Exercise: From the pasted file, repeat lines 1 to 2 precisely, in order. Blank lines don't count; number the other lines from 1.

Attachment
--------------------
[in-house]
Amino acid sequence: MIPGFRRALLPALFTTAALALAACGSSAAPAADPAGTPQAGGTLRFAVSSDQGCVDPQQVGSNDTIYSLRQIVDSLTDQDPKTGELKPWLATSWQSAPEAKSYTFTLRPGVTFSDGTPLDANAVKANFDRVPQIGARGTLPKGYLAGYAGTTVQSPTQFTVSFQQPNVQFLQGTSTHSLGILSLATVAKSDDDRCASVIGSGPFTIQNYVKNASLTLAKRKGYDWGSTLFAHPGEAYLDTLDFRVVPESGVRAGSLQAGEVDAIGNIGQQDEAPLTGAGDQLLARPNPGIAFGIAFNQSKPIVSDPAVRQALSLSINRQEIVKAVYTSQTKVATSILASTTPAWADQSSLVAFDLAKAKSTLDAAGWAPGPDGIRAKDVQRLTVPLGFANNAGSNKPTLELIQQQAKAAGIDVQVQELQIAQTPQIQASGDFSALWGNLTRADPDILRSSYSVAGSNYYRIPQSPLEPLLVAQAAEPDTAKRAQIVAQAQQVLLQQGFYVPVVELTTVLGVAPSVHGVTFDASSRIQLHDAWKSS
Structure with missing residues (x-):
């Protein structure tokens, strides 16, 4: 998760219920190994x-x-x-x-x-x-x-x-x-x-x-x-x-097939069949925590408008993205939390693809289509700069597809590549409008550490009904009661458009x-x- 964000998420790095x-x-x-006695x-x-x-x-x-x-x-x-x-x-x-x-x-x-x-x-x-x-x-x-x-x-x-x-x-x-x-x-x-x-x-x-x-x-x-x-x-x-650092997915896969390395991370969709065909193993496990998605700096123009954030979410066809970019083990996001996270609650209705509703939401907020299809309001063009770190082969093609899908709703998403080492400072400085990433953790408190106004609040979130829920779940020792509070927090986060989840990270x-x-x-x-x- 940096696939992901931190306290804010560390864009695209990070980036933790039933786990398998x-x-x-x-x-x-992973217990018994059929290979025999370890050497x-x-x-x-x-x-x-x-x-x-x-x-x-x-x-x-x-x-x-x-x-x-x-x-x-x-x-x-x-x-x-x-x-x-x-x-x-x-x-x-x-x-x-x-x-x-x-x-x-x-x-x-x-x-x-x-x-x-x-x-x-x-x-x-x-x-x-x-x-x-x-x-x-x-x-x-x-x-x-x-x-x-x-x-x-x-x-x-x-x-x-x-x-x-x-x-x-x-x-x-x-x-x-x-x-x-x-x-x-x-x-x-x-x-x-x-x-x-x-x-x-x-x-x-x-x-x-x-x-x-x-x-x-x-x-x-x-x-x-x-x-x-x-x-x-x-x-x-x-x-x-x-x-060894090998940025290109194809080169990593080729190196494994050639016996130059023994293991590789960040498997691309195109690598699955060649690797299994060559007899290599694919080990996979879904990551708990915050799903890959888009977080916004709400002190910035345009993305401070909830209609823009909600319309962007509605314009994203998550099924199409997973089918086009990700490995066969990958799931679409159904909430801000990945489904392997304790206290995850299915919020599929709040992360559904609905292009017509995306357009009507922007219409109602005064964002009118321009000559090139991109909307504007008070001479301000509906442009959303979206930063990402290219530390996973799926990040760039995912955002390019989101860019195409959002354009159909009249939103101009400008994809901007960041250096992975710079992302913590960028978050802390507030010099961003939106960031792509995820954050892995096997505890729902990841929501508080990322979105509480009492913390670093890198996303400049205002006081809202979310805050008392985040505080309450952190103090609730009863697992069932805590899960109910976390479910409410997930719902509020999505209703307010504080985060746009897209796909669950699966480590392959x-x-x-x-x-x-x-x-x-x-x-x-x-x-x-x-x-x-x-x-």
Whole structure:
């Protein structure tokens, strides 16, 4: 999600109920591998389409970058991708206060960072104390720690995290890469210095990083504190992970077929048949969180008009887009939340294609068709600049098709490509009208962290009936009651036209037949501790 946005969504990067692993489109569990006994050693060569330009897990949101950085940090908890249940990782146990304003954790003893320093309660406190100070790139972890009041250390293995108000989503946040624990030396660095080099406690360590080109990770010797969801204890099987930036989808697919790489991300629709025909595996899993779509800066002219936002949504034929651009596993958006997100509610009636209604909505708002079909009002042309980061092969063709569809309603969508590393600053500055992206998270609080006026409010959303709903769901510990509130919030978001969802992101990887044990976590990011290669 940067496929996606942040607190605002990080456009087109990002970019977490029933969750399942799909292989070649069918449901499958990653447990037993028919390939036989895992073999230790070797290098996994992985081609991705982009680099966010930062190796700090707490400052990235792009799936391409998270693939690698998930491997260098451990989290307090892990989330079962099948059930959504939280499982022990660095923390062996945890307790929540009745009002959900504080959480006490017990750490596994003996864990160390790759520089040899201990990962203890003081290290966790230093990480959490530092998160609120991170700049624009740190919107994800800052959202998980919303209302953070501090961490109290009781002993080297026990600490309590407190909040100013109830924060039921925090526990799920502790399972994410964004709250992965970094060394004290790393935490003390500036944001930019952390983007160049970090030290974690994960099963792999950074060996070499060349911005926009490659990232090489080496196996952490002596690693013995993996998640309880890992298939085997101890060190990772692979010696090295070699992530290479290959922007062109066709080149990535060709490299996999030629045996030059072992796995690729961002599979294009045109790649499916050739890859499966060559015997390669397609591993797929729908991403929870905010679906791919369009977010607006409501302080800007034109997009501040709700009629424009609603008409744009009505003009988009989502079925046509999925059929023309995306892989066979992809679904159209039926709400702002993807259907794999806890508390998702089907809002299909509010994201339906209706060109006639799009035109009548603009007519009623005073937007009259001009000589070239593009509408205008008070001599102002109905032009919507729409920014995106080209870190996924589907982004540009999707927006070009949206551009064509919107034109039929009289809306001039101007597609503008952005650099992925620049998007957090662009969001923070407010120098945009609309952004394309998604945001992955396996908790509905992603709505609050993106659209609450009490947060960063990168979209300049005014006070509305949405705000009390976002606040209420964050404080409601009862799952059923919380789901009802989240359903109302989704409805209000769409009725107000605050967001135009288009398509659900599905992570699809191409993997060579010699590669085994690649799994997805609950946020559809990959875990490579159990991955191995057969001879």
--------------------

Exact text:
[in-house]
Amino acid sequence: MIPGFRRALLPALFTTAALALAACGSSAAPAADPAGTPQAGGTLRFAVSSDQGCVDPQQVGSNDTIYSLRQIVDSLTDQDPKTGELKPWLATSWQSAPEAKSYTFTLRPGVTFSDGTPLDANAVKANFDRVPQIGARGTLPKGYLAGYAGTTVQSPTQFTVSFQQPNVQFLQGTSTHSLGILSLATVAKSDDDRCASVIGSGPFTIQNYVKNASLTLAKRKGYDWGSTLFAHPGEAYLDTLDFRVVPESGVRAGSLQAGEVDAIGNIGQQDEAPLTGAGDQLLARPNPGIAFGIAFNQSKPIVSDPAVRQALSLSINRQEIVKAVYTSQTKVATSILASTTPAWADQSSLVAFDLAKAKSTLDAAGWAPGPDGIRAKDVQRLTVPLGFANNAGSNKPTLELIQQQAKAAGIDVQVQELQIAQTPQIQASGDFSALWGNLTRADPDILRSSYSVAGSNYYRIPQSPLEPLLVAQAAEPDTAKRAQIVAQAQQVLLQQGFYVPVVELTTVLGVAPSVHGVTFDASSRIQLHDAWKSS